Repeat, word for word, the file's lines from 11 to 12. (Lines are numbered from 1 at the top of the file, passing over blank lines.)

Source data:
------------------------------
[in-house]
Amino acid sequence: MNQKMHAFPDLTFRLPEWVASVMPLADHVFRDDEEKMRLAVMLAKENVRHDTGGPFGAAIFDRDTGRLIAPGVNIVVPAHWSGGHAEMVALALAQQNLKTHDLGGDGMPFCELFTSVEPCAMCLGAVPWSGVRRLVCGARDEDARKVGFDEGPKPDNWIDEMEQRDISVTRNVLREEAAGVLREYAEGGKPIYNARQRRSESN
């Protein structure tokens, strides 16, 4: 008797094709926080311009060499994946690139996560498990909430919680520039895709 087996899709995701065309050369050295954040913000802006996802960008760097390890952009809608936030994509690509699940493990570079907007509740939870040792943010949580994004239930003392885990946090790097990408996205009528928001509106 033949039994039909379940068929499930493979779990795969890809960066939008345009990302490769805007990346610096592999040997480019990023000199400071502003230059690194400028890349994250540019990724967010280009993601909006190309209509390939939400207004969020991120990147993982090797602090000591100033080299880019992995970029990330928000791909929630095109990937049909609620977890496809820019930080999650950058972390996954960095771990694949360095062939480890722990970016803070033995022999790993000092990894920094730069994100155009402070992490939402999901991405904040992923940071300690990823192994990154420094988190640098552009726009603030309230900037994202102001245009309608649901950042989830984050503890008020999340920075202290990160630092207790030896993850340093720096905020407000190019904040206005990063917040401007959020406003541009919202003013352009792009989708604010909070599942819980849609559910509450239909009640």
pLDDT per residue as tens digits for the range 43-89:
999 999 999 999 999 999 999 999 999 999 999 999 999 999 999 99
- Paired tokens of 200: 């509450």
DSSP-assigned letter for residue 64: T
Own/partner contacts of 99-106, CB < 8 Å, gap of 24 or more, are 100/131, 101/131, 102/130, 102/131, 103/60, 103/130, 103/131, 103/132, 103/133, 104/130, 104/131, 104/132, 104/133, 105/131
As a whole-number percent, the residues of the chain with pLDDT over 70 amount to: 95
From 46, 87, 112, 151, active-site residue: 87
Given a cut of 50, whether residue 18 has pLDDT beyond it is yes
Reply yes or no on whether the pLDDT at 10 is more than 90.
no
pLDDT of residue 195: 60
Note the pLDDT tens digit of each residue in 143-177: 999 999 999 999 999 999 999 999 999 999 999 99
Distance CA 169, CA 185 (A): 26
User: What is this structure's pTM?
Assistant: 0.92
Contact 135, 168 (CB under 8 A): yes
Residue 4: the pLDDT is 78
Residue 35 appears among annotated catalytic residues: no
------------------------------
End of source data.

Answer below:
Given a cut of 50, whether residue 18 has pLDDT beyond it is yes
Reply yes or no on whether the pLDDT at 10 is more than 90.